# Selling put q8 mock morning 2012

Quick question: is selling call = shorting call = - call in put call parity. That’s the way I thought. Why selling call equal buy put + buy put and short bond?

Anyone?

Hi, didn’t really understand your question but the put-call parity relationship is:

Call + Bond = Stock + Put,

To replicate a call, you just re-arrange the equation to give

Call = Stock + Put - Bond

All you’ve done is subtract the bond from both sides, hope this helps.

Good luck!

if the market value of the call is greater than what i have calculated via put call parity, the call is overvalued.

Call = \$12, put = \$5 according to put call equation

Call = \$15, for a put of \$5 acc to market (mkt)

1. Then call is overvalued and simultaneously, put is underavlued because for a put value of \$5, the call value acc to mkt > put call equation value. Hence i will short a call & buy a put.

2. I will benefit from my position above if the stock price decreases below the exercise price. Hence i need to protect my self in case the share price increases above the strike price. So i go long the underlying share.

3. So with the proceeds of selling the call and issuing a bond with an exercise price of X, i will buy a put and share today. and invest the excess money @ the risk free rate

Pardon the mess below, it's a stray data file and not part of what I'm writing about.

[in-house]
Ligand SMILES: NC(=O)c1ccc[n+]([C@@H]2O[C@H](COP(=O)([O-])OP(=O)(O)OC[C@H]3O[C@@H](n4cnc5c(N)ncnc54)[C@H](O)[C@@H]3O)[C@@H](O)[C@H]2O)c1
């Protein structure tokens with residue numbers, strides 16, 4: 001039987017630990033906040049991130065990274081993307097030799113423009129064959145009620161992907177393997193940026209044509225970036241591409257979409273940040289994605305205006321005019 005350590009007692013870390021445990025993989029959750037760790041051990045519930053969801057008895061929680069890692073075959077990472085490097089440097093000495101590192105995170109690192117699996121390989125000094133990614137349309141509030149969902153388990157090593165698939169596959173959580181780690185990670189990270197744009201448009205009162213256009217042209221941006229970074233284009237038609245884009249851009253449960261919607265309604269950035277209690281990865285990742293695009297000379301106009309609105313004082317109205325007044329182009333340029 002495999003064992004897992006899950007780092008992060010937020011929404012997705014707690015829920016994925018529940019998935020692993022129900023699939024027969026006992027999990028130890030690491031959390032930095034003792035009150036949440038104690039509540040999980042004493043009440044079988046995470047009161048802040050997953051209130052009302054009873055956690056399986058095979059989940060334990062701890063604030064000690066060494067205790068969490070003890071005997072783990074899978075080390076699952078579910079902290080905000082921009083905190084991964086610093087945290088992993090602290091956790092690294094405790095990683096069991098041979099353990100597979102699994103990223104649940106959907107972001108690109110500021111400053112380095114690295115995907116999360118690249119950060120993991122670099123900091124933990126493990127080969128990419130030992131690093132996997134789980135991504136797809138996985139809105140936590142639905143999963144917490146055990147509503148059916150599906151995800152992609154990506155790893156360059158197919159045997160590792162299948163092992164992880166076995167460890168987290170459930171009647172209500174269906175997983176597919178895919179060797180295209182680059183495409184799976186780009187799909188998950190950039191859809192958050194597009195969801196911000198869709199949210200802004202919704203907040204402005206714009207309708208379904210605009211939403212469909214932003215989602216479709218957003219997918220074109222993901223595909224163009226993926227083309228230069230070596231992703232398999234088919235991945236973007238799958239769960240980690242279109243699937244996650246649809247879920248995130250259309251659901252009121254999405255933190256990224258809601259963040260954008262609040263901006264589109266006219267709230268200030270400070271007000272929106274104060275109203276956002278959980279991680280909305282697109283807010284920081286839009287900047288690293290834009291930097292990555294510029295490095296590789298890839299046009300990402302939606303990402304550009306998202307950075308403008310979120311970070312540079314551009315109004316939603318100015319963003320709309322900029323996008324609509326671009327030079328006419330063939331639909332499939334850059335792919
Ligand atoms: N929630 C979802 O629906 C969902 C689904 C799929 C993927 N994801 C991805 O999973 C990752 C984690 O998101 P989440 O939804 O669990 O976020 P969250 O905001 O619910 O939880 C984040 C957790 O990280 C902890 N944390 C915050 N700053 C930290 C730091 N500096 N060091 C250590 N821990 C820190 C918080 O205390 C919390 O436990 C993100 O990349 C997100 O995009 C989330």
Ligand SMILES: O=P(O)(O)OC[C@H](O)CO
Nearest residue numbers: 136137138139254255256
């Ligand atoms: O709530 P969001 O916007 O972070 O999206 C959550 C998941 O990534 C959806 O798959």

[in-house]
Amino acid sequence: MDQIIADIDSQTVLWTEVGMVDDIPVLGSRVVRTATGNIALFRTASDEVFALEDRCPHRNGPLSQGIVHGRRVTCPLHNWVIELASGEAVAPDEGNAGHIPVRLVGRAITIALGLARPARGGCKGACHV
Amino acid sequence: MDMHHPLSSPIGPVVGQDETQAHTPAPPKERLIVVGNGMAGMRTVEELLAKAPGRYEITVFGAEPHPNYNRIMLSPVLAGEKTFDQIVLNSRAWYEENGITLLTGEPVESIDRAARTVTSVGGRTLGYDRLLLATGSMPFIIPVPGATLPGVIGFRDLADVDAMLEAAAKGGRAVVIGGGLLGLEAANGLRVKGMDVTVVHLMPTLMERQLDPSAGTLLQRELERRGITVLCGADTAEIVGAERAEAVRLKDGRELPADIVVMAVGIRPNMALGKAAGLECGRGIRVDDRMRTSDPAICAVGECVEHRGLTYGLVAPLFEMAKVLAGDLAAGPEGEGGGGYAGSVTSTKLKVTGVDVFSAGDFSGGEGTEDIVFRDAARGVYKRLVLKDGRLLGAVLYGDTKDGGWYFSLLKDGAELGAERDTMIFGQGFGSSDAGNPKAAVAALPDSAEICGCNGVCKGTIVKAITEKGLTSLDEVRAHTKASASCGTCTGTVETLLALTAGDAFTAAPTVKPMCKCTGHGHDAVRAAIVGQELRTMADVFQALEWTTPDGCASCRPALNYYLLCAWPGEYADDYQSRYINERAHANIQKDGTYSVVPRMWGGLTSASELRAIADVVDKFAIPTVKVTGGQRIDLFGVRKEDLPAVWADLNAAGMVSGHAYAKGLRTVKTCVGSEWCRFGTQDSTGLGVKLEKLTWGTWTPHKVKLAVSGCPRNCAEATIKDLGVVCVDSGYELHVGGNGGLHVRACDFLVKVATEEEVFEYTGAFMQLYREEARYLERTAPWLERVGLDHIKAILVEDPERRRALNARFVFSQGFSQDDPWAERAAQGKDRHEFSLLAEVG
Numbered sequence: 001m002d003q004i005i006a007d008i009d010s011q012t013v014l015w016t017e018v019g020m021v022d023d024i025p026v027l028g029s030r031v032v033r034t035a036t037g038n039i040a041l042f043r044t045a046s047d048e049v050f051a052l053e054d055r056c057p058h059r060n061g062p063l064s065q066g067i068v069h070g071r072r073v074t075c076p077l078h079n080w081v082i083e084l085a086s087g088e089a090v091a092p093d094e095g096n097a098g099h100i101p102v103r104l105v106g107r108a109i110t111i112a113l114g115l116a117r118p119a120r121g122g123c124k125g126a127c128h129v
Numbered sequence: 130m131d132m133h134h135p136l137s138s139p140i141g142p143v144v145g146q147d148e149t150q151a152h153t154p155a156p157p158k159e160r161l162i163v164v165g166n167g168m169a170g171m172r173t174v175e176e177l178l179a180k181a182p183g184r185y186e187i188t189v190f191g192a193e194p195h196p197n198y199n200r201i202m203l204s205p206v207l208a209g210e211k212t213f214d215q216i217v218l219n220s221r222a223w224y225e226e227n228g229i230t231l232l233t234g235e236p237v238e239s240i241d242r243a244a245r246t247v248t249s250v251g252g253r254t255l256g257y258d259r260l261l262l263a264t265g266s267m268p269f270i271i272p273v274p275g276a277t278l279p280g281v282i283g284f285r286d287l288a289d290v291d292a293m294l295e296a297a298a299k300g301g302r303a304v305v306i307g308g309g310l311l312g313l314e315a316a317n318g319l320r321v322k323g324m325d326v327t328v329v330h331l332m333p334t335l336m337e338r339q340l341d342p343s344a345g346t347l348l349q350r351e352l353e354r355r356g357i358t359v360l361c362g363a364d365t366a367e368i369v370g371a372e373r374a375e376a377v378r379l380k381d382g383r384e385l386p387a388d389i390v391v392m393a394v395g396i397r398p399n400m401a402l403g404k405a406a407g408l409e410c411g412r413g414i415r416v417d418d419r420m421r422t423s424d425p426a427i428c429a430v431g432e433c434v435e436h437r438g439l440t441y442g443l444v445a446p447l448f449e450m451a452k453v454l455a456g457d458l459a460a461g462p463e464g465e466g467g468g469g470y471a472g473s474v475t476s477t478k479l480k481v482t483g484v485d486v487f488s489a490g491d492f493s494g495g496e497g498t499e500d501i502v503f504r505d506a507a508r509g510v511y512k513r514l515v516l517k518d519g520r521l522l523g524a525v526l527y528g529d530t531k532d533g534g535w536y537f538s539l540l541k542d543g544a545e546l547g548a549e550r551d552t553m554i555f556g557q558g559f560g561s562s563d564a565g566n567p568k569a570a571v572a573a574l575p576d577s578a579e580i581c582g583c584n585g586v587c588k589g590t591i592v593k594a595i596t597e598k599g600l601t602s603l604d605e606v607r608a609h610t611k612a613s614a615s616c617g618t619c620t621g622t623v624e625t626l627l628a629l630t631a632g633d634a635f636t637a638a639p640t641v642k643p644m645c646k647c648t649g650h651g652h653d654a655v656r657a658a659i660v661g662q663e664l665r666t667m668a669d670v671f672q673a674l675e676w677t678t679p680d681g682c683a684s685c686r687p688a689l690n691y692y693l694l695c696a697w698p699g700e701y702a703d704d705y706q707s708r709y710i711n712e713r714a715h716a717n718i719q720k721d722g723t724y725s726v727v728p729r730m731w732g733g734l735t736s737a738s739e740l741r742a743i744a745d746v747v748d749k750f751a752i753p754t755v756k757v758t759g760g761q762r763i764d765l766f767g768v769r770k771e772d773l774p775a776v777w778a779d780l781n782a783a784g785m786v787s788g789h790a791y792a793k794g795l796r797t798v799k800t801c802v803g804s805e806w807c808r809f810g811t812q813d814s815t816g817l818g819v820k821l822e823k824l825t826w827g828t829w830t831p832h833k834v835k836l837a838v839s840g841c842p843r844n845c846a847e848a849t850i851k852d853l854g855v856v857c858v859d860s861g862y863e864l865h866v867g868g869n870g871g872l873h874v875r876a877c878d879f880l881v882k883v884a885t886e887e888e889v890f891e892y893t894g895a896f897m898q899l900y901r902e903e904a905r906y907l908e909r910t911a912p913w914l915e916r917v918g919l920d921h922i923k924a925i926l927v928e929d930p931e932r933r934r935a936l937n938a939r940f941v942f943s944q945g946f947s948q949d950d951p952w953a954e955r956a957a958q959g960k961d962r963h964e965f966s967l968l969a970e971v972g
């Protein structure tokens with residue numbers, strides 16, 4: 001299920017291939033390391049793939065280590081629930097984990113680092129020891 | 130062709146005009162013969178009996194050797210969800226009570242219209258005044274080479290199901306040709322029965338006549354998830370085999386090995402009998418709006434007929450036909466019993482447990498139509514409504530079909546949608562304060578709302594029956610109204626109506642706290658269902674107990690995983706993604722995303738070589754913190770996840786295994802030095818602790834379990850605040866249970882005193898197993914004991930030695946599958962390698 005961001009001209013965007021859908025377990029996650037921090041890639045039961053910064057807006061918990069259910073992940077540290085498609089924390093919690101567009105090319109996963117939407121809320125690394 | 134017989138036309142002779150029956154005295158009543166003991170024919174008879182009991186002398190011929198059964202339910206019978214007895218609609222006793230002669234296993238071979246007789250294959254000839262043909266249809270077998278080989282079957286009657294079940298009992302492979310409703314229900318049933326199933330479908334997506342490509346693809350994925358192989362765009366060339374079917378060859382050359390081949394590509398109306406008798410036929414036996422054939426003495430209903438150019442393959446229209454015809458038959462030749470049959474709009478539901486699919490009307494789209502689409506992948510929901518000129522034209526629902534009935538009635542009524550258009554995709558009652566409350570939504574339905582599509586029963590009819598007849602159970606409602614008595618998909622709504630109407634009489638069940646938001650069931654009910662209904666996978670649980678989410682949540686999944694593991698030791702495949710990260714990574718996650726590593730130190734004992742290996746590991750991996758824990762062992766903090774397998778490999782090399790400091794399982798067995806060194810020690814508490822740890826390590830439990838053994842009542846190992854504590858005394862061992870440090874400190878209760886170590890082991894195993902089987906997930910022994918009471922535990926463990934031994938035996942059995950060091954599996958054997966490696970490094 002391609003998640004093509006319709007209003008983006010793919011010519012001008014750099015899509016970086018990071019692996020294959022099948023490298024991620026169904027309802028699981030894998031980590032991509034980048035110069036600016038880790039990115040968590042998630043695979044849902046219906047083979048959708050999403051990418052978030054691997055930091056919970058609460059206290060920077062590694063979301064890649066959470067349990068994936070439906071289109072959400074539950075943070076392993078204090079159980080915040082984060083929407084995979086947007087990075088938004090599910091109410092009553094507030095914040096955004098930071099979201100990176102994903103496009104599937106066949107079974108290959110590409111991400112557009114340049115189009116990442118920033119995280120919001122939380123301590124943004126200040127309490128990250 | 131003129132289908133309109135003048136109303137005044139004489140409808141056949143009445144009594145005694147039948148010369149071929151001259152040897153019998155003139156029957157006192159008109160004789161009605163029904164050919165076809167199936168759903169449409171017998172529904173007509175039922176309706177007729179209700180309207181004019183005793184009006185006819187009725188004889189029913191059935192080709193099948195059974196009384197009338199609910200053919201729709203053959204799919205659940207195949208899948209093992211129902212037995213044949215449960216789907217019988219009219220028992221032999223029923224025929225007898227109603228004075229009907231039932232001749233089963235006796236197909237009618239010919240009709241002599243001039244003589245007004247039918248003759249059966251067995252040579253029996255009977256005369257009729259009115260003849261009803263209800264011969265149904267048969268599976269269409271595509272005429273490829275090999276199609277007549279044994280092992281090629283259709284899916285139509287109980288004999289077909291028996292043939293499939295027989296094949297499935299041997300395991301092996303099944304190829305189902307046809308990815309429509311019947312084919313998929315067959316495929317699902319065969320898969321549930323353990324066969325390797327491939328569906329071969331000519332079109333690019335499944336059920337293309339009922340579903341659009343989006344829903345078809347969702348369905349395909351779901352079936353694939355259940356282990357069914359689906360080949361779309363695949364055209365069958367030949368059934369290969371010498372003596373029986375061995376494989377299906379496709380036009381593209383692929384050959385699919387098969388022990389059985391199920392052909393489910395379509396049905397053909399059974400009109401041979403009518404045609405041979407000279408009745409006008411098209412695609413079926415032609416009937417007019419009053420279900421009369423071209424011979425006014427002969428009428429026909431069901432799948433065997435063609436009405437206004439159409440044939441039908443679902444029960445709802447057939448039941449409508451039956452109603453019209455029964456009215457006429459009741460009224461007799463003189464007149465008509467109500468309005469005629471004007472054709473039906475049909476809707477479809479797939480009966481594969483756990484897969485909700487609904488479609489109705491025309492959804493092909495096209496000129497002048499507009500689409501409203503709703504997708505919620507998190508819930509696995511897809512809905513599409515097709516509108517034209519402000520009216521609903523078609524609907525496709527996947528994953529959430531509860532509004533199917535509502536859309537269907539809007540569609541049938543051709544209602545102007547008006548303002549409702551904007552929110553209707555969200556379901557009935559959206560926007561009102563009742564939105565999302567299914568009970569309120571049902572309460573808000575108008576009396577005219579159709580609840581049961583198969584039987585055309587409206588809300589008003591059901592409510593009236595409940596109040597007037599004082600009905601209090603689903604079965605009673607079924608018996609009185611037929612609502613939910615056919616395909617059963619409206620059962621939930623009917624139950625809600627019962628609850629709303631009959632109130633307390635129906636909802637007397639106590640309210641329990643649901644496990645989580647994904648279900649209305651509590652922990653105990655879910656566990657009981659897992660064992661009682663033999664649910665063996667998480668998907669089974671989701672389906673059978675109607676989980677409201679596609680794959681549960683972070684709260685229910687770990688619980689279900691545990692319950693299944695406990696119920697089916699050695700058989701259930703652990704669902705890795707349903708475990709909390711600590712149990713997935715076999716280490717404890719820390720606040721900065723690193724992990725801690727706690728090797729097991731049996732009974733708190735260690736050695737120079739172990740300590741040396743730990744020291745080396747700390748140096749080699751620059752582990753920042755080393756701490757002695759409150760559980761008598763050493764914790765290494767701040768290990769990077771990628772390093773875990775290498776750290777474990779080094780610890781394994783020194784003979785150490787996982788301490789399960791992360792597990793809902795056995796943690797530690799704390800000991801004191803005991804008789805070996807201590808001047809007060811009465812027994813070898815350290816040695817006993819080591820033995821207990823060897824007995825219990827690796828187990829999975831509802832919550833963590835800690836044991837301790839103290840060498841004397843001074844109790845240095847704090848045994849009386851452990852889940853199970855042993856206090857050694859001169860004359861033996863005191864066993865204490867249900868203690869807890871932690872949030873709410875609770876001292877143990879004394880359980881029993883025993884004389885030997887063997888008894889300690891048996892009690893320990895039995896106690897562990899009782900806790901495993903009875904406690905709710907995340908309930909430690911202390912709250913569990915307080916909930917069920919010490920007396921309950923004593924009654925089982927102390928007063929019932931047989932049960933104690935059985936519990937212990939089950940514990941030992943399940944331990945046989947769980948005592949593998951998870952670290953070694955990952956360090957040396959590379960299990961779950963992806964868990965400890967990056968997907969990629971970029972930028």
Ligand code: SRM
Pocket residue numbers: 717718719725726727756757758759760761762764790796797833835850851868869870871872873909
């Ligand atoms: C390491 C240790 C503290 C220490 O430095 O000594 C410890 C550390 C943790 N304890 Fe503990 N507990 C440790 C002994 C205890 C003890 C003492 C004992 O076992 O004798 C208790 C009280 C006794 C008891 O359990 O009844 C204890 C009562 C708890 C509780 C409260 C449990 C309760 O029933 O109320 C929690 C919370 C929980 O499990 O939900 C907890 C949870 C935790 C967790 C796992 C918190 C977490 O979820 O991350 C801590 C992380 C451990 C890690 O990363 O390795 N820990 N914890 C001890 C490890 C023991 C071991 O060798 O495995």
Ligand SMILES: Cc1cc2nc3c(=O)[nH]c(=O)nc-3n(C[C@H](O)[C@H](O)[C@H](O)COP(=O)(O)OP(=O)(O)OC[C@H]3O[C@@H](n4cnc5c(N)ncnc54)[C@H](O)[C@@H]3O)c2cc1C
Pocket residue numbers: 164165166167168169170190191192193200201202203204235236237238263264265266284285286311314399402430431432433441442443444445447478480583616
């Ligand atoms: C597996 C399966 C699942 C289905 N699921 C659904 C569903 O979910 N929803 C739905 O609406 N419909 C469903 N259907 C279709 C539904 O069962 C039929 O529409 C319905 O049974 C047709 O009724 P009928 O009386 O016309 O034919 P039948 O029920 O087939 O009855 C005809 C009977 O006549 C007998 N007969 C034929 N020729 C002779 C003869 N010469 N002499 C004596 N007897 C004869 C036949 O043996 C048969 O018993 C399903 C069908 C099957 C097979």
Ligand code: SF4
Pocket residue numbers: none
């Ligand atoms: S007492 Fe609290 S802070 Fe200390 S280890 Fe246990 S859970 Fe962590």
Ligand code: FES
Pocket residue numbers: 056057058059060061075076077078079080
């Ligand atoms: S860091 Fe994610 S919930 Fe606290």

If the price of the share goes above the X, the put goes worth less, the counterparty will exercise the call and pay me the exercise price for the share i hold and i will repay the bond with the interest thus making a profit

If the price of share is less than X, the counter party will not exercise the call, i will exercise the put and sell the share i have @ the exercise price, i will use the proceeds to pay the bond with interest & make profit.

Should be sell put actually…

Let’s look at the payoff.

short call means you lose money if the stock goes up above excercise, you don’t gain money if it goes down below excercise.

You get a sum in the beginning (Cash for call). If the stock goes up, above the excercise/bond price you lose money equal to the excercise/stock price. If it goes down below the excercise price you don’t get anything back at all. The only way that it could happen is if you sold a put and if the put is set as the same excercise price as the call, then when the stock goes down, you paying out the amount it goes down by, but since you’re shorting the stock the two should balance out.

Just use the call formula, but have the other side all negative. C = P + S - B ==> - C = -P -S + B